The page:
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Background: I am using DirectX 9.0 Managed Libraries to transform arrays of 3d points to 2d screen coordinates. For speed I use the UnsafeNativeMethods to do all the transformations.

The Problem: If my custom line clipping function is used my application dies without throwing any exceptions, it took me a while to figure out that it was throwing an uncatchable System.ExecutionEngineException. I have narrowed it down to happening because of the last two lines of my clipping function.

List<Vector3> verticesAfterClipping = new List<Vector3>;
public unsafe void ClipLine(Line lineToClip)
{
    this.verticesAfterClipping.Clear();

    // Clipping algorithm happens here... (this is psuedo-code of what it does)
    foreach(Vertex in lineToClip.Vertices)
    {
        bool thisIsClipped =   // Set to whether this vertex is clipped
        bool lastWasClipped =  // Set to whether last vertex was clipped

        if(thisIsClipped == false && lastWasClipped == true)
        {
            verticesAfterClipping.Add( /* intersection on clipping plane */ );
            verticesAfterClipping.Add( /* thisVertex */ );
        }
        else if (thisIsClipped == false && lastWasClipped == false)
        {
            verticesAfterClipping.Add( /* thisVertex */ );
        }
        else if (thisIsClipped == true && lastWasClipped == false)
        {
            verticesAfterClipping.Add(/* intersection on clipping plane */);
        }
    }

    // THIS IS WHERE BAD THINGS HAPPEN
    lineToClip.Vertices = new Vertex[verticesAfterClipping.Count];
    verticesAfterClipping.CopyTo(lineToClip.Vertices, 0);
}

When the verticesAfterClipping list is copied to the lineToClip vertices the lineToClip object is then passed to an UnsafeNativeMethod which transforms these vertices to 2d vertices. From everything I can see when I step through it in Debug mode it is working completely fine, until it just dies.

I simply cannot figure out what is wrong. Any help would be much appreciated.

3 Answers 3

33

The problem may not actually be occurring in the line that throws an exception. This may just be a symptom of something that happened earlier.

The System.ExecutionEngineException exception is thrown when the CLR detects that something has gone horribly wrong. This can happen some considerable time after the problem occurred. This is because the exception is usually a result of corruption of internal data structures - the CLR discovers that something has got into a state that makes no sense. It throws an uncatchable exception because it's not safe to proceed.

So you might have some code in some completely unrelated part of the system that corrupts something, but this only becomes apparent when this particular piece of code runs. The code you've shown might be just fine. (It also might not be...I don't see anything obvious wrong, but then I don't know the DX 9 managed libraries well. I can't see which feature of this method requires the unsafe keyword, for example.)

Unfortunately, this means you need to start casting the net a bit wider. Pretty much anything that uses either unsafe code, or COM interop is potentially suspect. This will be a long and tedious process, sadly. One way you might approach it is to try gradually simplifying the program: what's the smallest piece of code that can illustrate the problem? (E.g., if you put the code you've shown there into an application that contains nothing else except the simplest possible call to that method, does it still fail?)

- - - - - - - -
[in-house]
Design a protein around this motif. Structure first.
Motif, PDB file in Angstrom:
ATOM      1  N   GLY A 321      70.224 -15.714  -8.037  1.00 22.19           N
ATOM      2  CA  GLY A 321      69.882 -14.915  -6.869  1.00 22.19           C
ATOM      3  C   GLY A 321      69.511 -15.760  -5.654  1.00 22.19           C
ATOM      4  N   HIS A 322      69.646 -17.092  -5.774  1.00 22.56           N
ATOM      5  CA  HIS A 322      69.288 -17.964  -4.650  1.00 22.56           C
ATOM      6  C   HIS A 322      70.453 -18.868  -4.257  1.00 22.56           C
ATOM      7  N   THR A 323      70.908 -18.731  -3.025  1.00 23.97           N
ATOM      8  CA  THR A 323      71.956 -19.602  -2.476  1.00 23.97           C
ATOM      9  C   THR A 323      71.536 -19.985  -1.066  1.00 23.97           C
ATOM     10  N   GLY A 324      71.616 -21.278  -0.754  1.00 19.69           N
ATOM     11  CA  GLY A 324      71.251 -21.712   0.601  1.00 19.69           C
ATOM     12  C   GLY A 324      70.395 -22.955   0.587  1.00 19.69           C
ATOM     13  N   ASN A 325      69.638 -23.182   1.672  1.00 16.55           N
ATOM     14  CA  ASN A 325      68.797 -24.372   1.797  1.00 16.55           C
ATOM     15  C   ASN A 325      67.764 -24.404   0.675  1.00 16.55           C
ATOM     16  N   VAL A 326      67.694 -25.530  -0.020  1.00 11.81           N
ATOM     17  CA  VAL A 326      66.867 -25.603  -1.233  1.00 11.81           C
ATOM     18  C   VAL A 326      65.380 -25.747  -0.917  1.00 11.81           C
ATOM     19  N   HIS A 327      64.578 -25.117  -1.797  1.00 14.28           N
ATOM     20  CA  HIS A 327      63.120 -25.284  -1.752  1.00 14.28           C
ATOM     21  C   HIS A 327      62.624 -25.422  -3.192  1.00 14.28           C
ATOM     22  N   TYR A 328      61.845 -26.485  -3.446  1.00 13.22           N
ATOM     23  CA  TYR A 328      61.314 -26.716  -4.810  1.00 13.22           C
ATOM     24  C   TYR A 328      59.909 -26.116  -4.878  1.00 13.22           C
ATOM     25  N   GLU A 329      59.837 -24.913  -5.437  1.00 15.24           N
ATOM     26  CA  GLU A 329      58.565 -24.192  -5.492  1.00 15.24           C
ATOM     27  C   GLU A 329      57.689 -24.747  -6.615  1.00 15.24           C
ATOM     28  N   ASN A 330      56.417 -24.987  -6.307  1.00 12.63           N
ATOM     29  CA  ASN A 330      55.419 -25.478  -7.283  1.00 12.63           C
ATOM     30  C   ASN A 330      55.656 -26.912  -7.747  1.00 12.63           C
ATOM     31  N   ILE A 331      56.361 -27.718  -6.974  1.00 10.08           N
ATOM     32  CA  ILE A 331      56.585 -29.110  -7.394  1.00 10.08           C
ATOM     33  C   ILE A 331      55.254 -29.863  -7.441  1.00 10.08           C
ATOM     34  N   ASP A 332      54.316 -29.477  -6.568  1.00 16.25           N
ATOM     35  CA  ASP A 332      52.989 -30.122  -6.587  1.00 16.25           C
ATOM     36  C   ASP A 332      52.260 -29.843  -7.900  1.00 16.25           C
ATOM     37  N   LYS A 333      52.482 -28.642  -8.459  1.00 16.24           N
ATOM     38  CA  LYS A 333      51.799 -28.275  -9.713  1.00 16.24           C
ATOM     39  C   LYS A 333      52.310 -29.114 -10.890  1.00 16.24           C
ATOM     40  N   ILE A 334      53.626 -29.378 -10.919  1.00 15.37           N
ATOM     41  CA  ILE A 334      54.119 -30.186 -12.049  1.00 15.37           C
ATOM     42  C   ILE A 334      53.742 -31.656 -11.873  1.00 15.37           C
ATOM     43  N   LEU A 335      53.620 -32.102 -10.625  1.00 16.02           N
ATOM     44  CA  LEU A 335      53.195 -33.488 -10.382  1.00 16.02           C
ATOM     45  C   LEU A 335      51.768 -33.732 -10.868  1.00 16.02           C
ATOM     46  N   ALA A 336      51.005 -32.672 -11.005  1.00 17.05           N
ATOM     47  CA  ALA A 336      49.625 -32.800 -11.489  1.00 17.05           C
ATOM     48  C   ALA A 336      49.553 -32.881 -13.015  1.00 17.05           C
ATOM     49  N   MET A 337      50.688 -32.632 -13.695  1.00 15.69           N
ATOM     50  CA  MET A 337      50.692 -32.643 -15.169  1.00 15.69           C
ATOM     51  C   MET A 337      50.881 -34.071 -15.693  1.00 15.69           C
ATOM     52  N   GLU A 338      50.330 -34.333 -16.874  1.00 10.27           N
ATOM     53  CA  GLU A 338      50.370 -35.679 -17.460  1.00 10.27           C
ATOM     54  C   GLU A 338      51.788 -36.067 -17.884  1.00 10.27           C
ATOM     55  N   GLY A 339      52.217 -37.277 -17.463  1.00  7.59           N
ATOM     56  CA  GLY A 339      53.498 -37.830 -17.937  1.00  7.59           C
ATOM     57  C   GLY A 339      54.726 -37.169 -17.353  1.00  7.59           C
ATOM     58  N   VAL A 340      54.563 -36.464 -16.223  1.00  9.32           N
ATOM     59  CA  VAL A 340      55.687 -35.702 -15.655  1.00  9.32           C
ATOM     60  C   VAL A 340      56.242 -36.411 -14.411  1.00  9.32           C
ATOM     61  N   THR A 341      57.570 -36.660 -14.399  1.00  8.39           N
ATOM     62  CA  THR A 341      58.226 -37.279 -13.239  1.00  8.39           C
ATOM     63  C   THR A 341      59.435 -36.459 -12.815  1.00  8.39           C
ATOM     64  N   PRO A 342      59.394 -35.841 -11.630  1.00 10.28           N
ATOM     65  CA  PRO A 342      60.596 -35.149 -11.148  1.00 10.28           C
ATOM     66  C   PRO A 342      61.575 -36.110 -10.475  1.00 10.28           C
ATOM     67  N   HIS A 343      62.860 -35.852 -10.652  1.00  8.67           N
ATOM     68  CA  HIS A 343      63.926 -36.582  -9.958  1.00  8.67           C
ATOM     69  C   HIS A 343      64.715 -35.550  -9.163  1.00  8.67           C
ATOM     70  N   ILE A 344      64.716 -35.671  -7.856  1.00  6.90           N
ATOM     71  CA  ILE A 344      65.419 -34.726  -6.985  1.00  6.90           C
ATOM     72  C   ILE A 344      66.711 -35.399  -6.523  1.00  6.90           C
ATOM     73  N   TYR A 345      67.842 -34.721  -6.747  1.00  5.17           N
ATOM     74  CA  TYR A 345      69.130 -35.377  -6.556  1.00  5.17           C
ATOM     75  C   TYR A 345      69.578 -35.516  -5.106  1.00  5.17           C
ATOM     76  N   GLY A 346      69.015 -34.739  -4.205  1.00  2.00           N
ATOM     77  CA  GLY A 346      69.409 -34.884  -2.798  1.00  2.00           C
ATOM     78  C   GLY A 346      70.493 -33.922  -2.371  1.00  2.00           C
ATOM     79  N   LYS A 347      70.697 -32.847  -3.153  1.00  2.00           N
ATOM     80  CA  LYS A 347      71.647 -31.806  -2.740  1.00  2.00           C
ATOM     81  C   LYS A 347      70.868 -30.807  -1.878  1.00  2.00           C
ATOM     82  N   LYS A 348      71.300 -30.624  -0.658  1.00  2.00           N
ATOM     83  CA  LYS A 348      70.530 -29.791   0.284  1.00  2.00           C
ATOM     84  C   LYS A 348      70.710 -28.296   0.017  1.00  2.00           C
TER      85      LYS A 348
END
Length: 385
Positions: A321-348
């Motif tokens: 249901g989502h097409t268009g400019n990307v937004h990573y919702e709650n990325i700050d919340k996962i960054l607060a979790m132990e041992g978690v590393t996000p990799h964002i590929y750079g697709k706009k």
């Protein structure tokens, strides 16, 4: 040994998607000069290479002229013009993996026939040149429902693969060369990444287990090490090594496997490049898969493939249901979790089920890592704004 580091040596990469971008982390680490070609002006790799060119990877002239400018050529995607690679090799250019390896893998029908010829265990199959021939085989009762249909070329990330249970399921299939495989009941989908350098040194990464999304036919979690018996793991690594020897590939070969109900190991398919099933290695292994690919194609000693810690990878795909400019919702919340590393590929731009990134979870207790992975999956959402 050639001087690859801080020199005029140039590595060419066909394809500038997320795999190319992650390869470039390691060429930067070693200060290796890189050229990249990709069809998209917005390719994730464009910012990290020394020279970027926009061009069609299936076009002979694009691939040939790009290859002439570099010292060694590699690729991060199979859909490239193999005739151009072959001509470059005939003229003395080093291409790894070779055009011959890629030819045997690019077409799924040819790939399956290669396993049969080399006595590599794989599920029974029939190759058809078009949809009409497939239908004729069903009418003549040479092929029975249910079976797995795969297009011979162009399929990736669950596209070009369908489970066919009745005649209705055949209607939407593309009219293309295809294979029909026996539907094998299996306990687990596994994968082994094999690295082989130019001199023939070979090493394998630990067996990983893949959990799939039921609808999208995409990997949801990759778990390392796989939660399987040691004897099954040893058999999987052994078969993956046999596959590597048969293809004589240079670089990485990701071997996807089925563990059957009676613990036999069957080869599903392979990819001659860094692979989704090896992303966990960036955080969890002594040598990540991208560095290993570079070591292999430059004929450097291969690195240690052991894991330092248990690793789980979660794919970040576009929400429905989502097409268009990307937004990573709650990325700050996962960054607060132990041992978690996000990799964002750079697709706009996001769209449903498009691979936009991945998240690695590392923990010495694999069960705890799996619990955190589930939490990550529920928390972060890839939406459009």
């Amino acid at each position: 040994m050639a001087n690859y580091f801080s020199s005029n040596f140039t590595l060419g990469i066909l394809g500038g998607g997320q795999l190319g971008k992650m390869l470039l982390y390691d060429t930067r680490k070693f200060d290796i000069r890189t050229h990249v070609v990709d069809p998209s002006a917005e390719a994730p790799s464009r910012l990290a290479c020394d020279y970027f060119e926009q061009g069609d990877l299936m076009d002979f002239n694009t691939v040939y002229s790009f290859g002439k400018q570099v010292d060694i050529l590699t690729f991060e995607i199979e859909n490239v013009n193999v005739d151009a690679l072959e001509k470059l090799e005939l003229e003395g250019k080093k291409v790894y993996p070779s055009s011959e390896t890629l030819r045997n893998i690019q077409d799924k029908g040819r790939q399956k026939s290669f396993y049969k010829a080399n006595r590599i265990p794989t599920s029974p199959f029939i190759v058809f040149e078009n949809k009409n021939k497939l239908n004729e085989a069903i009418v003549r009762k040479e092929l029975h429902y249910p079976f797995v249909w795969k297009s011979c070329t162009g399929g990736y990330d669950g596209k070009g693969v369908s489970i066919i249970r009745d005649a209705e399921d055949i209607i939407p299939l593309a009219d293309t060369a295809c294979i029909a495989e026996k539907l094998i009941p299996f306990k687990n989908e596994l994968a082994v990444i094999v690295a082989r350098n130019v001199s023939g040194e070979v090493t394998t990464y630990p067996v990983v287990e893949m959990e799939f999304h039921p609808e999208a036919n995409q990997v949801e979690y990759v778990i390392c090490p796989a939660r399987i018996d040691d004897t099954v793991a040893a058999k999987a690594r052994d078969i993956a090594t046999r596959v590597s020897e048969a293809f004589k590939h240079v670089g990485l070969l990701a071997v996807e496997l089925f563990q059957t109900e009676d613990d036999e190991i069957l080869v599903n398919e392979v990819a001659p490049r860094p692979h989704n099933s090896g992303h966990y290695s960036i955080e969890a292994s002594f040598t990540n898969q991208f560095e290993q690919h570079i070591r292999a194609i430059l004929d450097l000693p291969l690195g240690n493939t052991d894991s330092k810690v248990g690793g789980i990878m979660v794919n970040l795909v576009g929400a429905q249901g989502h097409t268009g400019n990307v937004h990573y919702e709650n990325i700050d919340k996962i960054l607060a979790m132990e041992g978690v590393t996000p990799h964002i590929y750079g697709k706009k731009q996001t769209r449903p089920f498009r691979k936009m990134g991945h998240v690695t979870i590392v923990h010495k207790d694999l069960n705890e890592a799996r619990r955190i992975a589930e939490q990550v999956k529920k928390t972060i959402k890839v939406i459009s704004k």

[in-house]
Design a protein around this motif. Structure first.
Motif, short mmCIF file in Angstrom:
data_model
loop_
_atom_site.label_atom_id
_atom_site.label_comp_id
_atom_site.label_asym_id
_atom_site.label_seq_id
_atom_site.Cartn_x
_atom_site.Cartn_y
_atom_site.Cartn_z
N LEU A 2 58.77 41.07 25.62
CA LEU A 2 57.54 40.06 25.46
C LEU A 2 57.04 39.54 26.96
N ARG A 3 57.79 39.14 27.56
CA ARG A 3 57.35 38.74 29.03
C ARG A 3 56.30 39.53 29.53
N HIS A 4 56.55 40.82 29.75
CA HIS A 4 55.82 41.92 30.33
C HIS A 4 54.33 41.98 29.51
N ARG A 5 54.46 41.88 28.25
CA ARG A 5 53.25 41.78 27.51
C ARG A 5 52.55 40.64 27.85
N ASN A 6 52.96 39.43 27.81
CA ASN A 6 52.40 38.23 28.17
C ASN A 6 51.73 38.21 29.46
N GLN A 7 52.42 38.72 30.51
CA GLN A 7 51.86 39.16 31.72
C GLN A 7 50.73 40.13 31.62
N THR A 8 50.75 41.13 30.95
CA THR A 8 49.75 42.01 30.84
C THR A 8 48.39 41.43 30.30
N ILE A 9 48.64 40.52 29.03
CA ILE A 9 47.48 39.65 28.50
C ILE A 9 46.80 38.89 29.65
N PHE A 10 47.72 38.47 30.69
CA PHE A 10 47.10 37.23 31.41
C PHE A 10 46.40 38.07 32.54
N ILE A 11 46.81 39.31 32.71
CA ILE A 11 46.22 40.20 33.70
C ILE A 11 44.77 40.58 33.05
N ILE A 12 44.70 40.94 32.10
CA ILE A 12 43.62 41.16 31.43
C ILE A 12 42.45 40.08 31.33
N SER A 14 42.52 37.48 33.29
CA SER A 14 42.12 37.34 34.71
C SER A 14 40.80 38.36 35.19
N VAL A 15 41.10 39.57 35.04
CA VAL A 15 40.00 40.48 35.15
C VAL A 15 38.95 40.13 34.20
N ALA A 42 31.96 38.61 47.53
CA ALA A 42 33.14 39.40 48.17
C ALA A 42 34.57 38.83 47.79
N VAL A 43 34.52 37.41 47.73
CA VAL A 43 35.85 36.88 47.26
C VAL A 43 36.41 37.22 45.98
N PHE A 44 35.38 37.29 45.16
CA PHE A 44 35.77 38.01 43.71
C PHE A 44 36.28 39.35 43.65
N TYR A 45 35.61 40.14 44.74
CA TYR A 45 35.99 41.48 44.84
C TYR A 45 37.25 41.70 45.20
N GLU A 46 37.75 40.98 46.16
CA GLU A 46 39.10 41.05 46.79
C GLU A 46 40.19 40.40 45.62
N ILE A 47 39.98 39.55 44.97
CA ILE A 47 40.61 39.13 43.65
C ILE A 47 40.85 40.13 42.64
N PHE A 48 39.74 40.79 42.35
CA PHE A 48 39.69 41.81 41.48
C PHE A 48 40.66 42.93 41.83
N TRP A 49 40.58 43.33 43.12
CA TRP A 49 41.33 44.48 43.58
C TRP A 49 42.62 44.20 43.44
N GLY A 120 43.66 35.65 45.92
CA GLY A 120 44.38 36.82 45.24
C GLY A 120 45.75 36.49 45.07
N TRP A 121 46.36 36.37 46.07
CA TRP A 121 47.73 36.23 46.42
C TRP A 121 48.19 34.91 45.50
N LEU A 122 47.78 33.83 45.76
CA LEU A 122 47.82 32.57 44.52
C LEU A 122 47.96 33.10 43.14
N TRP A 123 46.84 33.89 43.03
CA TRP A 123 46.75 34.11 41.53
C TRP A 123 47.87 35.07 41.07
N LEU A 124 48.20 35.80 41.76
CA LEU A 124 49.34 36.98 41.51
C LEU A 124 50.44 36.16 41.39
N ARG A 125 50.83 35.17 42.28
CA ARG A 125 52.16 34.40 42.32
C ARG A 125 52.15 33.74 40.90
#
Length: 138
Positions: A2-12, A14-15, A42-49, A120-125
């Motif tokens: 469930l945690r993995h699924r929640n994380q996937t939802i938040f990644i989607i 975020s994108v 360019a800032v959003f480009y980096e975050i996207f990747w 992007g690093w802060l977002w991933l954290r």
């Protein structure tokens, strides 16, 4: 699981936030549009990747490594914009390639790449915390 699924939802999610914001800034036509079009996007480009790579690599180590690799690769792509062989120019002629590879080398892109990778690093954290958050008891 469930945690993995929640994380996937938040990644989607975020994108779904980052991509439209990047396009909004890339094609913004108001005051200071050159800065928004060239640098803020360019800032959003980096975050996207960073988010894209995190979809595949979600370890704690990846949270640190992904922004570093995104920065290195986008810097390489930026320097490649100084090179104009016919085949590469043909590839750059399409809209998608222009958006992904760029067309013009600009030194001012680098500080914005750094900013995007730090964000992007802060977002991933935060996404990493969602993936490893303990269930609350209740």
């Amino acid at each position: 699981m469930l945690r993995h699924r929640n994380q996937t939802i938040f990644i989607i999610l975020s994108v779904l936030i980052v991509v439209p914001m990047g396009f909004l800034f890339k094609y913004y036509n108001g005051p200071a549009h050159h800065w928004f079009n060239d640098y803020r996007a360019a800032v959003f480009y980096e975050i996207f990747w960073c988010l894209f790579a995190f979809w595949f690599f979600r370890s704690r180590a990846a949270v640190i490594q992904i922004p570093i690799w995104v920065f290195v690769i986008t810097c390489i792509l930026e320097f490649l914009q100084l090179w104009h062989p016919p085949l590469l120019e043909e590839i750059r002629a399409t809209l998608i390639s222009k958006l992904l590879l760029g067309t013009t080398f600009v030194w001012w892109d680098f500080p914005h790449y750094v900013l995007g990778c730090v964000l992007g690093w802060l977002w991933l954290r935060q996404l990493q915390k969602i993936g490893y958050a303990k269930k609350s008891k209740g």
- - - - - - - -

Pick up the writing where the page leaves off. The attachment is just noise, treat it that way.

2
  • You're right when you say that the exception doesn't occur ON those two lines, but it does occur as a RESULT OF those two lines. I replaced those lines and used another temporary buffer to copy clipped vertices and everything is working fine now. I supposed there was some kind of memory access violation occurring under the covers when the line was passed to unsafe native directx methods.
    – tbridge
    Nov 8, 2010 at 0:10
  • 15
    Don't assume that the absence of an ExecutionEngineException means the problem has gone away. It may merely be that the CLR is no longer detecting it. By replacing those lines, you may now be in a situation where data is being corrupted, but you no longer get an exception. (The CLR doesn't and cannot guarantee to throw ExecutionEngineException any time anything like this goes wrong. It only throws it when it happens to notice.) So I'd be worried - I'd definitely be trying to get to the bottom of how the crash occurred, as right now, there's no reason to be confident you've really fixed it. Nov 8, 2010 at 14:29
3

I have the same problem with different libraries. In my case all started long before because I had to run a 32 bit .net app in a 64 bit environment. Well this cause me a lot of trouble, the compatibility between architectures, or between the CLR of your .NET framework may be your problem too.

PS: Now I know what my trouble is but have no idea where is it.

1
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    This was the cause of this error for me. I had my project in AnyCPU and it needed to be x64. As soon as I read your comment it prompted me to try that, which immediately worked. Oct 12, 2021 at 12:48
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I have two classes that deal with a particular table in my database

StorageManager - a class that has methods that handle the direct interactions with the database

Controller - a class that has methods to handle the api calls

When a new entry in the table is about to be created, I check child tables for certain values that might already exist.

I wrote these methods to check for pre-existing/duplicates in the wrong class, which ended up causing the executingengineexception to get thrown for me.

Moving the methods so that they lived with the correct database context seemed to fix it for me.

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